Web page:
Thursday, July 1, 2010

Pack-out Diaries, Chapter 3

Dear Pack-out Diary,

This morning marks Day 2 of the pack-out, and I'm waiting for the call that the mover/packers are here to finish the job.

Before I get any further, I apologize in advance if I come across particularly caustic this morning as I didn't sleep well two nights ago - nervous about the pack-out, I presume - nor did I sleep well last night either - our alarm clock went off in our super-secret hidden bunker that will be our home for the next week. Mind you, we didn't set; rather the previous guests did. But I'll save my complaints for a later post, and to be fair, I'll wait a little longer than one night to give my impressions of this place.

Instead, I'll turn my Righteous Laser Beam of Justice (patent pending) toward yesterday's events as well as previous events that led to yesterday's results.

First, I liked our movers/packers, which is good because we spent 12 hours together. There were three of them, and one was very nice and helpful. The second was quiet, but he appeared to be working very hard. The third was a bit of schmuck, but he was helpful in the beginning in explaining to Natalie that she had about 2,000 pounds of stuff marked for UAB.

Second, I've heard several stories about over-aggressive packers that wrap up everything from garbage to cats quicker than the foreign service family can keep up with them. This definitely was not our experience. We began with the Post-its system, but after our UAB was ready, which happened quickly, it essentially morphed into a pile system. All of our storage stuff, which wasn't much, was piled on one of the couches going to storage. That, and large furniture items in the bedroom and living room were for storage. Everything else must go! And the bathroom was off limits for packing.

After several hours of packing and loading, Natalie and I started finding several items that had not been packed. Most of them were in the bedroom where the schmuck was working, but there were a few items all over the place. But we did get everything we wanted packed eventually.

Third, I raised a question before about pack-out privacy, which wasn't a problem for us, but many comments pointed out that these guys have seen everything during their careers so there isn't any judging. In fact, while talking with the guy working the kitchen, he said he often gets asked about the strangest things he packed. Well, we added something new to that list. That is all I'm going to say about said item; it was in the kitchen.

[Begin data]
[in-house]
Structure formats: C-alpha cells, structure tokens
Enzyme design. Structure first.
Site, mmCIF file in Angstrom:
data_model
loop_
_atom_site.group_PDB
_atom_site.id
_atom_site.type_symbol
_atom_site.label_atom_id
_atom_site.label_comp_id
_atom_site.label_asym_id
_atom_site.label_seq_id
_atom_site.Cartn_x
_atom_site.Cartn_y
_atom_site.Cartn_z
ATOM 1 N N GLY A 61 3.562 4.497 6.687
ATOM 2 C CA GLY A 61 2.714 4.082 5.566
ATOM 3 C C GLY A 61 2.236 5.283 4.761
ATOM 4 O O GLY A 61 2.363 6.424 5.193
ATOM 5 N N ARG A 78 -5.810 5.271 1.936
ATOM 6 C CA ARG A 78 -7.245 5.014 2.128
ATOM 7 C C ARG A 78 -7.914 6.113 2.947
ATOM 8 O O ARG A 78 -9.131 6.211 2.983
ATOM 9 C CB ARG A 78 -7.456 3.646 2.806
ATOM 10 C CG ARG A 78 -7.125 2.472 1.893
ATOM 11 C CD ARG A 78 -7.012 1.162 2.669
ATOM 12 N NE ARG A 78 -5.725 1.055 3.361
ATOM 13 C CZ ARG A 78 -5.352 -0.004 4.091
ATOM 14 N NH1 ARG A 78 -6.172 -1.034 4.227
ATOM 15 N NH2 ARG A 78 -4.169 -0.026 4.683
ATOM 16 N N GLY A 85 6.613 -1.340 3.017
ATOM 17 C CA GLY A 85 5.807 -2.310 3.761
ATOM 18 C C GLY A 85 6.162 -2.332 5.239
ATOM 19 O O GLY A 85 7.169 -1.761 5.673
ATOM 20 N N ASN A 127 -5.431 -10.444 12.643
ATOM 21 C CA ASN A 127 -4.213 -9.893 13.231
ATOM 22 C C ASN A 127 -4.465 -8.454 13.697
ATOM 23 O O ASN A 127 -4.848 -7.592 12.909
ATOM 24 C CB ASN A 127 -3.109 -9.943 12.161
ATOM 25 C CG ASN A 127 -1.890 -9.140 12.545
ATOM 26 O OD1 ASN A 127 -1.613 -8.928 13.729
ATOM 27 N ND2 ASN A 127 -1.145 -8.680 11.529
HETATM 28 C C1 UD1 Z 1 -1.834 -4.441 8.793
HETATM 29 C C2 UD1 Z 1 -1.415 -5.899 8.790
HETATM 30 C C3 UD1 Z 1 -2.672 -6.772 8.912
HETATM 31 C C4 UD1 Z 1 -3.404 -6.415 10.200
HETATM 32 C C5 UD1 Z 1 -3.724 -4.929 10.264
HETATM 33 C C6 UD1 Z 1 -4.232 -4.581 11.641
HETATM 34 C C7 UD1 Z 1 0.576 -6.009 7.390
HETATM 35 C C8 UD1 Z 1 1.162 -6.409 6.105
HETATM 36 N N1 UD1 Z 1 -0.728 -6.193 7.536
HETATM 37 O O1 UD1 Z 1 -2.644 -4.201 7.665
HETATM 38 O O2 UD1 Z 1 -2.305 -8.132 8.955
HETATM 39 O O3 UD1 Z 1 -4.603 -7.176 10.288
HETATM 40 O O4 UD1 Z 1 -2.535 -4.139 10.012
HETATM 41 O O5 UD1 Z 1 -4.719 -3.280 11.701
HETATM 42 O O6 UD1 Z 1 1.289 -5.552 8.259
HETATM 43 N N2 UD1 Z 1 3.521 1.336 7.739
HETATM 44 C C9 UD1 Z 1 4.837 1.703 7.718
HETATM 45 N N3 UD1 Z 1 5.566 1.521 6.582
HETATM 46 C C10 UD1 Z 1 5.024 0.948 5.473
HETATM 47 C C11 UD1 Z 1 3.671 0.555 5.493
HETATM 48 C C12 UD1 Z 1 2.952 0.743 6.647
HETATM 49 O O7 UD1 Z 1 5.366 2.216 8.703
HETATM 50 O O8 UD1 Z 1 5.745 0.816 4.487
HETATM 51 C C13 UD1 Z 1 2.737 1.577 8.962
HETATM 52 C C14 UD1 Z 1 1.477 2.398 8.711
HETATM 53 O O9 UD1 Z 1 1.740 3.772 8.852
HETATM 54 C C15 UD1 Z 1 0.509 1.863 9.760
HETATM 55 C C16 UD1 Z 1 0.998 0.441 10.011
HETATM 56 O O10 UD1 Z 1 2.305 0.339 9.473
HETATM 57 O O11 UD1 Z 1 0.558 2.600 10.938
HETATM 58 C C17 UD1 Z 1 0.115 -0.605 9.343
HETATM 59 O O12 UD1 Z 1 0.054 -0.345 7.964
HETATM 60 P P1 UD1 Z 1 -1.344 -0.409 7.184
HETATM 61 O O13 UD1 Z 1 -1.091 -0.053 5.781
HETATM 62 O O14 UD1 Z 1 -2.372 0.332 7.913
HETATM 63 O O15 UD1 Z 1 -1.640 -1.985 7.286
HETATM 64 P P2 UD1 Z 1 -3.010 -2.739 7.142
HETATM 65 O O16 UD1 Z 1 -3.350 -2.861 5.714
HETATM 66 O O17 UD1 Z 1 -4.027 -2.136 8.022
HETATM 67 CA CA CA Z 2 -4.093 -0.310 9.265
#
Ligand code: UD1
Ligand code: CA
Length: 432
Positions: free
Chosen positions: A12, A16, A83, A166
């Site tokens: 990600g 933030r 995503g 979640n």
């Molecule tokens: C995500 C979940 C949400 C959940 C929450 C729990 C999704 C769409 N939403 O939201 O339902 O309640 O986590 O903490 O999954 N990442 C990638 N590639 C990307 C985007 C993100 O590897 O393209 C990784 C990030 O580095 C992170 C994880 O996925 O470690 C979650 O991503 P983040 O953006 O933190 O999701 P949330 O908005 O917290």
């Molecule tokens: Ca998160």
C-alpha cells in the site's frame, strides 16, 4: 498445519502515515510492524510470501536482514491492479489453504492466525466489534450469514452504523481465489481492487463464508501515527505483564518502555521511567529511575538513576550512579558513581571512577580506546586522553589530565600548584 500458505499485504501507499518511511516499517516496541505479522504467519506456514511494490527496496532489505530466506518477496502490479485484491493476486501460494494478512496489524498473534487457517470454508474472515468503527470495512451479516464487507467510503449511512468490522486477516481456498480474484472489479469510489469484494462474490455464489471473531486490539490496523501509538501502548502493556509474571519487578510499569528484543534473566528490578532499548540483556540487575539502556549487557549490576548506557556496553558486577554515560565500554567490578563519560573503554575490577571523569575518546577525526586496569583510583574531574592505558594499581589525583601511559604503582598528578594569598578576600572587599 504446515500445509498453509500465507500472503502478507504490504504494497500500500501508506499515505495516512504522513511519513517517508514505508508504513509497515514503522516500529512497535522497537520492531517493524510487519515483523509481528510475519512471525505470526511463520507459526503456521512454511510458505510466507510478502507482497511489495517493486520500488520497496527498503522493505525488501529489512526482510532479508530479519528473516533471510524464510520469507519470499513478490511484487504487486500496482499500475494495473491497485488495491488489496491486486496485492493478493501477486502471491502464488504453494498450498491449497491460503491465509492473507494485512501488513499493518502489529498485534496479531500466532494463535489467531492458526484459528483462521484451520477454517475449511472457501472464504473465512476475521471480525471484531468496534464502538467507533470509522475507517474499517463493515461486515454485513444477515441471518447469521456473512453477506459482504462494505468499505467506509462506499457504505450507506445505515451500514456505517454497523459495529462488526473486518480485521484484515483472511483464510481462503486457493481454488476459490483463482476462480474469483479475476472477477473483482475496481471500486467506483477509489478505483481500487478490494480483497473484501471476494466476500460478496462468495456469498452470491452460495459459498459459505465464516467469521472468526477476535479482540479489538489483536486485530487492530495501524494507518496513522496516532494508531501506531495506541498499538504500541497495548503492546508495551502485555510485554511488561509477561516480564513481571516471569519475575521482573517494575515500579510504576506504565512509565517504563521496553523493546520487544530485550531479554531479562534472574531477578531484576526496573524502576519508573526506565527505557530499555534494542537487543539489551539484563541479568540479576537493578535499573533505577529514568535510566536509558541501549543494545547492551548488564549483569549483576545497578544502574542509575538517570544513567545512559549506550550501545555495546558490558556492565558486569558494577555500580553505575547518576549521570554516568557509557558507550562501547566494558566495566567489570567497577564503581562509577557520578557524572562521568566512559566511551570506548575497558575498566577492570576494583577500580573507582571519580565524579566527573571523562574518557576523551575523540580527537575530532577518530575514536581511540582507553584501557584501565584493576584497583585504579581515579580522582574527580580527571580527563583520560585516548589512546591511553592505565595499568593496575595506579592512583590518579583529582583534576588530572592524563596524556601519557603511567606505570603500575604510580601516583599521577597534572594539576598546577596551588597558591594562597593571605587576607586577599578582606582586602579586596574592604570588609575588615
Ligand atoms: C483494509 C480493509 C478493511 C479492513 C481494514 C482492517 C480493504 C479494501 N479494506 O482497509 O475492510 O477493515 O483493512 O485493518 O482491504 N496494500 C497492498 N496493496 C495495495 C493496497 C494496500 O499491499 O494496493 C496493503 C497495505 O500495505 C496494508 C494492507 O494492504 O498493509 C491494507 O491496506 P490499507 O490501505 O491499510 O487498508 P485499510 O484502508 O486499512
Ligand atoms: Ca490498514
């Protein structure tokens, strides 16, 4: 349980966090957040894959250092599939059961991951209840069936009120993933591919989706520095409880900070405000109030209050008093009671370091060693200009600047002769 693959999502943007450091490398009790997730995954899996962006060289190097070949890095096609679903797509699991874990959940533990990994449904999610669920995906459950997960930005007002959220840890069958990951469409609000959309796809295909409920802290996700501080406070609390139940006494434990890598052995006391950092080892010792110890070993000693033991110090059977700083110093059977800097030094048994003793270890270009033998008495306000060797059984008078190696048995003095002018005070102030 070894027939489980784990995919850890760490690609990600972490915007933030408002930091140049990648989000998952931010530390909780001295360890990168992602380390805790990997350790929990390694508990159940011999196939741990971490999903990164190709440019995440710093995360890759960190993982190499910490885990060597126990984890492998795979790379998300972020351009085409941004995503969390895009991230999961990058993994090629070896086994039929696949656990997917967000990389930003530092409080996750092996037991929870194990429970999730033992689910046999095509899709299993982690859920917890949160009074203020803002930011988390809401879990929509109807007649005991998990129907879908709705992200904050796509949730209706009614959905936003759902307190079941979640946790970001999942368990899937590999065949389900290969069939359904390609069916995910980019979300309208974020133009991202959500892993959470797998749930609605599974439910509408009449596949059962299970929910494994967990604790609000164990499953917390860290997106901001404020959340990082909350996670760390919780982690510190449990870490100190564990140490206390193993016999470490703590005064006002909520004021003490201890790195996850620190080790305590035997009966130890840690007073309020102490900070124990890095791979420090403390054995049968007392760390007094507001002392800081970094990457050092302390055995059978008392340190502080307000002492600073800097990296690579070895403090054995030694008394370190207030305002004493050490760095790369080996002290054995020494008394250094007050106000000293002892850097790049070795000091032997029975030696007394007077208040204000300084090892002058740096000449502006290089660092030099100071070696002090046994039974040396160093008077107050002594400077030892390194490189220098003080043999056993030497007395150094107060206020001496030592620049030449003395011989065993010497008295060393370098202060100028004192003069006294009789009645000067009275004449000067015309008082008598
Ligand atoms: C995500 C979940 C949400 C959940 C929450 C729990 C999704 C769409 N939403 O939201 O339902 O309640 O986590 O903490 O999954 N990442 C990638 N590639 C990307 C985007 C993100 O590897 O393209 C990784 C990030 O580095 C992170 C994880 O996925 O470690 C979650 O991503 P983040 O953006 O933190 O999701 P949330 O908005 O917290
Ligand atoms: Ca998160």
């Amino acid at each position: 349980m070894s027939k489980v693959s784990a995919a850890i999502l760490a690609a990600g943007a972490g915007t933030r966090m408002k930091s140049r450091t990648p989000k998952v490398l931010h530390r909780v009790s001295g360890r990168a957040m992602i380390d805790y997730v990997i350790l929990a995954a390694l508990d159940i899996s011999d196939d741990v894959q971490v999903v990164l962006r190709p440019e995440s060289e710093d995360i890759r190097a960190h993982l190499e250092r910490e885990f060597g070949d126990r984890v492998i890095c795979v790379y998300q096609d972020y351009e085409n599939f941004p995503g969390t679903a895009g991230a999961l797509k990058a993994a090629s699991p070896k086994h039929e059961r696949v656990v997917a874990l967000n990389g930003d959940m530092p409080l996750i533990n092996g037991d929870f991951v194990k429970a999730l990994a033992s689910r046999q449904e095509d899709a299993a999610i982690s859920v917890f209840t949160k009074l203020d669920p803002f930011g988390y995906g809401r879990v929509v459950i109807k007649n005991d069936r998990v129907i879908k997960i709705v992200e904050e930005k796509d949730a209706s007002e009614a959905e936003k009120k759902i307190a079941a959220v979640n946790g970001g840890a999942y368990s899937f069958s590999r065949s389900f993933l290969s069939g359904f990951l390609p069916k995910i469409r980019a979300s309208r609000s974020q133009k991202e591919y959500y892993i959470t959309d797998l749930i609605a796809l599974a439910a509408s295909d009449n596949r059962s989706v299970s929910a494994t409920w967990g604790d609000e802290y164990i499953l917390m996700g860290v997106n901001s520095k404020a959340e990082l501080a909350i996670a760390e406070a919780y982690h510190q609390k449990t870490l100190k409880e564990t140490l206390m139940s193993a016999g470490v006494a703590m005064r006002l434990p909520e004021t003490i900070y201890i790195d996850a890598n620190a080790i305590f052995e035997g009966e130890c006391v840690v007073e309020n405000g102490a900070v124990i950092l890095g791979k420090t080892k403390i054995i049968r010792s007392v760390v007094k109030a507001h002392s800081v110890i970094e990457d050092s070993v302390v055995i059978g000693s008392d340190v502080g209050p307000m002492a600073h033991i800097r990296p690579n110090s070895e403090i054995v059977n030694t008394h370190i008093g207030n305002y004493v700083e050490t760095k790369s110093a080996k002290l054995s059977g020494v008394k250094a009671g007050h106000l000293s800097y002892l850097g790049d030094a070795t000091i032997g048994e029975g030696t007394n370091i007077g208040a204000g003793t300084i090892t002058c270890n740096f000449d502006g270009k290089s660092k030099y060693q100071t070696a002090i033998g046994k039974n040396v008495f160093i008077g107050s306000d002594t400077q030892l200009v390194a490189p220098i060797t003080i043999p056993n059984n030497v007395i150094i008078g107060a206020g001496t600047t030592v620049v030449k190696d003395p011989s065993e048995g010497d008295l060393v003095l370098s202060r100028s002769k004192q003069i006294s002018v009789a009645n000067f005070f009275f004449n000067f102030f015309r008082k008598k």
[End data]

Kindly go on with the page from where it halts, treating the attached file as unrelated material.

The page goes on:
Fourth, during about the eighth hour of pack-out, I asked our kitchen guy how many pack-outs he does a week. They work five days a week, which is shocking considering they were in the midst of 12-hour day. He explained that they receive a worksheet every day they start a new job describing the estimated weight, number of workers and how many days the job is.

As I described earlier, the guy with the magic calculator estimated it was a two-day job. By the time that information filtered down to our three packers/movers, it morphed into a one-day job. Well, at some point during the day, they called to say one day was impossible. Typically in jobs like the one we had, they would arrive and pack one day, and move everything the next.

Finally, one of my continuing complaints is stupid acronyms. I've been a part of two pack-outs now, and during the pack-out, I've never heard anyone say "UAB" or "HHE." The movers don't use these expressions. I'm not entirely sure they even know what HHE means.

Why does the State Department instill this vocabulary into its employees when at the time it matters most - pack-out - the people packing stuff don't use these terms.

UAB = "air freight" or "air"
HHE = "ground freight," "sea" and/or "surface"

There are probably more terms the movers use, but these are the ones I've heard in two pack-outs. State, please stop using UAB and HHE! It only confuses things. If you must use acronyms, which I don't think you do in this case, let the movers pick them.



  2. Best guess for the weird item is the shot pourer.